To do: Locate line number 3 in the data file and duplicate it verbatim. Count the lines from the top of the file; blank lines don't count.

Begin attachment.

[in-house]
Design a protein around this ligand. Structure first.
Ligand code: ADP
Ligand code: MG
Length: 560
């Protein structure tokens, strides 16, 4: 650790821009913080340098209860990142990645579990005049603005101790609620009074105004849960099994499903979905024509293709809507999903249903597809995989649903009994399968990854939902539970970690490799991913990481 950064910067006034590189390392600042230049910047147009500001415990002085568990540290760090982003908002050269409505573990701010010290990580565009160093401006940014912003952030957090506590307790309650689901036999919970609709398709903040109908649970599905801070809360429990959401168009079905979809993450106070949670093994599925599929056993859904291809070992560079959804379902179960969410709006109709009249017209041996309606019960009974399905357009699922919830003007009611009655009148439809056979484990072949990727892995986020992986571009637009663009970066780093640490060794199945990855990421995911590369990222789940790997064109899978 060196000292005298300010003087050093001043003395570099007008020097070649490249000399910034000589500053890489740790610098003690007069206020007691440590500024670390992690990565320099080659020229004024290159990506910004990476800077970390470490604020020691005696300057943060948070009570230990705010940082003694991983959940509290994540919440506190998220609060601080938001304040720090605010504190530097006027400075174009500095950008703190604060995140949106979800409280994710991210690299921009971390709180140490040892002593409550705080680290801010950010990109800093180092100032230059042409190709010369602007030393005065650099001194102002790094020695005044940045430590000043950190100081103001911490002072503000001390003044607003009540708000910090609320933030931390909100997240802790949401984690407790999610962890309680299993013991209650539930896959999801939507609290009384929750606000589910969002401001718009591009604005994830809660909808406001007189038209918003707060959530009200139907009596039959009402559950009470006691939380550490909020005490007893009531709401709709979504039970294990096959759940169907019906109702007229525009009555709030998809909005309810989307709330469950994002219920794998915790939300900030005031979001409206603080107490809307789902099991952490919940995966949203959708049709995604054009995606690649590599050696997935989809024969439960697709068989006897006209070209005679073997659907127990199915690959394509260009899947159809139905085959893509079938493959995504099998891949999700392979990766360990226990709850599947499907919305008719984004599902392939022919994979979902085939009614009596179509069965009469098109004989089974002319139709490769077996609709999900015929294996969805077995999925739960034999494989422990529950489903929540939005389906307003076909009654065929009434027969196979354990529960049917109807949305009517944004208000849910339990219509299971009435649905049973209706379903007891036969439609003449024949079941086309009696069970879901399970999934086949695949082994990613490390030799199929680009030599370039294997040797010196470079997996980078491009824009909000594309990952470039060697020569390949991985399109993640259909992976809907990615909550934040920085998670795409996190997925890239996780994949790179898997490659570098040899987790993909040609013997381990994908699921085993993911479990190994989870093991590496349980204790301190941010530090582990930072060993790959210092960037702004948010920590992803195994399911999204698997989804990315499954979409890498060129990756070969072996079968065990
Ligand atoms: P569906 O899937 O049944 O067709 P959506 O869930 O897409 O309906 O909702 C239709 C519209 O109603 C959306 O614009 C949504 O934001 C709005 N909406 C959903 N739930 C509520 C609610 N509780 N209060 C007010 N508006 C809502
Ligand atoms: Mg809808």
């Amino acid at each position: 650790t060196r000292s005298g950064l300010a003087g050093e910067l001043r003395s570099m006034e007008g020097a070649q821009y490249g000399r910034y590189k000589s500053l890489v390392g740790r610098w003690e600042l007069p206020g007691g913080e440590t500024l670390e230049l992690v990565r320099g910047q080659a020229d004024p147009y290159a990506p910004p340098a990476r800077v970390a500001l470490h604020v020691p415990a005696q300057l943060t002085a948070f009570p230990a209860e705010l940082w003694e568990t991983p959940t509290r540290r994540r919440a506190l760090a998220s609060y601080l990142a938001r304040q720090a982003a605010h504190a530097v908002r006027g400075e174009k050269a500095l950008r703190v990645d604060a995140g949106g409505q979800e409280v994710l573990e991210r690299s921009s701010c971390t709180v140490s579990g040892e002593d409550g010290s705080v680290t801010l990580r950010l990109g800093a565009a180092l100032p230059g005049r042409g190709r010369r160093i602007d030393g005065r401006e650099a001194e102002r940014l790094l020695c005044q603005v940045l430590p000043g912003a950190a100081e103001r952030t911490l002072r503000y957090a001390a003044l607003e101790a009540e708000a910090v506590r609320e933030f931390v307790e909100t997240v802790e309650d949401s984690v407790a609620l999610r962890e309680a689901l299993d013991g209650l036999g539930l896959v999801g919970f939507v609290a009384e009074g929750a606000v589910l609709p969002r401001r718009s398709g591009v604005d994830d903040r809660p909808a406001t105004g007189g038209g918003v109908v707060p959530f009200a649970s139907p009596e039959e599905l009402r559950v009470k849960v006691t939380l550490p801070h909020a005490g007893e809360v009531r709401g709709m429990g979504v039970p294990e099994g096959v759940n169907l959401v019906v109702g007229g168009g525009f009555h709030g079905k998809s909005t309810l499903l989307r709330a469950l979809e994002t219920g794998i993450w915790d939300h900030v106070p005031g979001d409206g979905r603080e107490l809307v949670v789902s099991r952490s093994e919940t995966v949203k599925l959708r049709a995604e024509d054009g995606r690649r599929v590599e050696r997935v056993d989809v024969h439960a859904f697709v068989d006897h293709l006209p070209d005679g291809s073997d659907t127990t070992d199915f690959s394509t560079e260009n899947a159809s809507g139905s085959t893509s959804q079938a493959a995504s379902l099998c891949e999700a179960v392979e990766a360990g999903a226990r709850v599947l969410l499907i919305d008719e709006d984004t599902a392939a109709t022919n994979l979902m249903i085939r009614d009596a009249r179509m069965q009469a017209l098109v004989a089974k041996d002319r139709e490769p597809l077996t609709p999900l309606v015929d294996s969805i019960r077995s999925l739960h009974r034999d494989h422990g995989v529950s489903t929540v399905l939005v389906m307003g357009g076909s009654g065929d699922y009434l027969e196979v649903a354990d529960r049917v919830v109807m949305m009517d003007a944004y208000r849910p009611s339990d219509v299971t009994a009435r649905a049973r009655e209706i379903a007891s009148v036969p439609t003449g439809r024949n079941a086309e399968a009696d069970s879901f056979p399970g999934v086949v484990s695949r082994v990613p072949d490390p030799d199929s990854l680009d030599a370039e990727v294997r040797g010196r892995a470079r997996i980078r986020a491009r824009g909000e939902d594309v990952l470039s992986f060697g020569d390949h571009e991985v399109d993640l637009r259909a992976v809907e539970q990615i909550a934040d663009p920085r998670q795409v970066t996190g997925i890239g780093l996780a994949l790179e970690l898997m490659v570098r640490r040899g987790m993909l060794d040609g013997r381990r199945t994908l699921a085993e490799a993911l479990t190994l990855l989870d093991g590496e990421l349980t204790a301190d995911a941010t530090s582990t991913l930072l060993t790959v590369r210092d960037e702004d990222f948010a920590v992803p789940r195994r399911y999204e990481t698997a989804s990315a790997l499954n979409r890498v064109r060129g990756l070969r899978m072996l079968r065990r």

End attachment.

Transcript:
Ligand code: ADP